Shades of Art
The history behind the creation of great musical masterpieces.
The evolution of music and the creation of musical instruments.
The history of classical and folk dances.
- Host - Tatevik Tananyan
In Memory of Napoleon Bonaparte
Beethoven's Heroic Symphony marked a significant epoch in European symphonism, propelling the genre to unprecedented heights of innovation. Crafted during a psychologically challenging period for the composer, the Symphony stands as a testament to Beethoven's resilience and artistic brilliance.
Concluding this broadcast, you will have the opportunity to experience the 1st and the 2nd movements of the Symphony, performed by the Berlin Philharmonic Orchestra under the direction of Herbert von Karajan.
From Poverty to Slavonic Dances
Today's program is devoted to exploring the history behind the creation of Antonín Dvořák's Slavonic Dances. As we delve into the origins and inspirations that shaped this masterpiece, we invite you to savor the performance by the Cleveland Symphony Orchestra, conducted by the maestro George Szell, which awaits you at the conclusion of our broadcast.
Oginski's "Farewell" to Homeland
Michal Oginski's polonaise, "A Farewell to the Homeland," stands as a poignant musical emblem of modern Poland. To some, it has been suggested as a potential choice for the Polish national anthem, yet this proposal was ultimately set aside because of its difficulty for singing.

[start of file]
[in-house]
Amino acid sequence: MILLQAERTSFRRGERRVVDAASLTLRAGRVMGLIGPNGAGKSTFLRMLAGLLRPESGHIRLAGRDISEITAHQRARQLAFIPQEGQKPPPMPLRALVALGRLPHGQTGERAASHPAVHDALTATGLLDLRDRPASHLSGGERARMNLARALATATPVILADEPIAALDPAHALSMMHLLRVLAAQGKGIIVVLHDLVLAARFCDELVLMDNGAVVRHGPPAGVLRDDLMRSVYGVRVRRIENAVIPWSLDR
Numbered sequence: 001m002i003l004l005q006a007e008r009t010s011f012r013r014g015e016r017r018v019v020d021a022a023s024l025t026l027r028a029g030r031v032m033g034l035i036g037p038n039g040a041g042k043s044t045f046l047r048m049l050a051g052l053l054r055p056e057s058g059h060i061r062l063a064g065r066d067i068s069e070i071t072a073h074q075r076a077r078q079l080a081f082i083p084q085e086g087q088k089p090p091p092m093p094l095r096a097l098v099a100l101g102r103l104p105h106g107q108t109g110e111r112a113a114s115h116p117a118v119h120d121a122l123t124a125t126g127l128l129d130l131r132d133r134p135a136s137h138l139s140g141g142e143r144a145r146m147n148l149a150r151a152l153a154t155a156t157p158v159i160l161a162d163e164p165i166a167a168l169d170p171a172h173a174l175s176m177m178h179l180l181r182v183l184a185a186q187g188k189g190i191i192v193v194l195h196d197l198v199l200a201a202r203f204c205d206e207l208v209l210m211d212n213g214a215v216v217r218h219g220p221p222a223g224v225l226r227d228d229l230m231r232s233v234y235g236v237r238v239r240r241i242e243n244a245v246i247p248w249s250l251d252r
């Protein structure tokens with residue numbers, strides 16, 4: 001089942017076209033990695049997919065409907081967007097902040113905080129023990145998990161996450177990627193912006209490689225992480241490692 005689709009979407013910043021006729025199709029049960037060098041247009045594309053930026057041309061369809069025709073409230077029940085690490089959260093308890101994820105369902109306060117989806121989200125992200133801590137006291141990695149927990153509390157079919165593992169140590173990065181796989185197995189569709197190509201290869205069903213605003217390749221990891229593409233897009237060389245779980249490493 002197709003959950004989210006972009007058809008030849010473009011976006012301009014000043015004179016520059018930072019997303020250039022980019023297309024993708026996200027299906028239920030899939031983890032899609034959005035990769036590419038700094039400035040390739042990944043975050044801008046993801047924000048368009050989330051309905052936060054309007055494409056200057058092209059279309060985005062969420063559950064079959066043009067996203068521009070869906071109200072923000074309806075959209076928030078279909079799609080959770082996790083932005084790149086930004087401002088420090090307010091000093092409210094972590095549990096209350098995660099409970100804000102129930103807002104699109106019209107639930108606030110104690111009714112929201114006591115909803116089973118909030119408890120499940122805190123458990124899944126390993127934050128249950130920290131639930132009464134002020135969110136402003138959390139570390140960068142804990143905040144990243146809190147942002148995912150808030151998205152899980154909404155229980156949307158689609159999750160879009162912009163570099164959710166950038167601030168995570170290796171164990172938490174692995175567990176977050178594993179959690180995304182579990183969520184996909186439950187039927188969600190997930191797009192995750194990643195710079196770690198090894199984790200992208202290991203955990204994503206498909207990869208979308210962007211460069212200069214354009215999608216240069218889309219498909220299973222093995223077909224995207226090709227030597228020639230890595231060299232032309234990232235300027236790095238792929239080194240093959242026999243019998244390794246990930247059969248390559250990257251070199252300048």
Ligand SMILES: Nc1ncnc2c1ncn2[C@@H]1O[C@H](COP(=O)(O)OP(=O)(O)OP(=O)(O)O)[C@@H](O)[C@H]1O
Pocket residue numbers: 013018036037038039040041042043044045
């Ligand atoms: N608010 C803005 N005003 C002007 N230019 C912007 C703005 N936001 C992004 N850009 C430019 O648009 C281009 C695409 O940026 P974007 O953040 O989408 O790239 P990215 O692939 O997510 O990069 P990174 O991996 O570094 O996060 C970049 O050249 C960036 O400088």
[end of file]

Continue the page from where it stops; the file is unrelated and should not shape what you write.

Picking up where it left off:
The Story of the "Living" Swan
Since ancient times, people have woven legends and myths about the swan, considering it a symbol of purity and grandeur. Its beauty inspired a number of writers, artists and composers, including the French composer Camille Saint-Saëns. Today's broadcast is about the movement "Swan" from his Suite "The Carnival of the Animals."
Carl Orff's "Wheel of Fortune"
Benediktbeuern Abbey (or Beuern), a medieval monastery of the Benedictine Order, in Benediktbeuern in Bavaria, Germany. For many years, its monks have collected and preserved books of different content. The most popular among these books is perhaps "Carmina Burana," which, translated from Latin, means "Songs from Beuern." The poems of the collection became popular especially thanks to the famous cantata "Carmina Burana" by German composer and educator Carl Heinrich Maria Orff.
Ballet for Laborers
In this program, we explore the history of the Bolero, a national Spanish dance that originated in the second half of the 18th century. Discover how the Bolero became immensely popular in the 19th century, even influencing musical theater and being integrated with the principles of classical ballet.
Pergolesi's Immortal Legacy
In 1735, the talented composer, violinist, and organist Giovanni Battista Pergolesi moved from Naples, where he had been living and working, to a Franciscan monastery in the nearby small town of Pozzuoli. This decision was driven by his battle with tuberculosis, a disease that ultimately claimed his life on March 16, 1736, when he was just 26 years old. During this fateful year, Pergolesi composed one of his most significant and enduring works, the Stabat Mater cantata in F minor.
Lullaby or Secret Love Letter
Lullabies are an ancient genre of folk music that has its roots in human prehistory. Each nation has its own unique lullabies, influenced by its mythology, worldview, and philosophy, and these lullabies have changed very little over time.
Hidden amidst the rugged beauty of Scotland's Isle of Staffa lies a natural wonder like no other – a mesmerizing, 'singing' cave. This extraordinary geological formation enchants visitors with its ethereal sounds and mystical aura.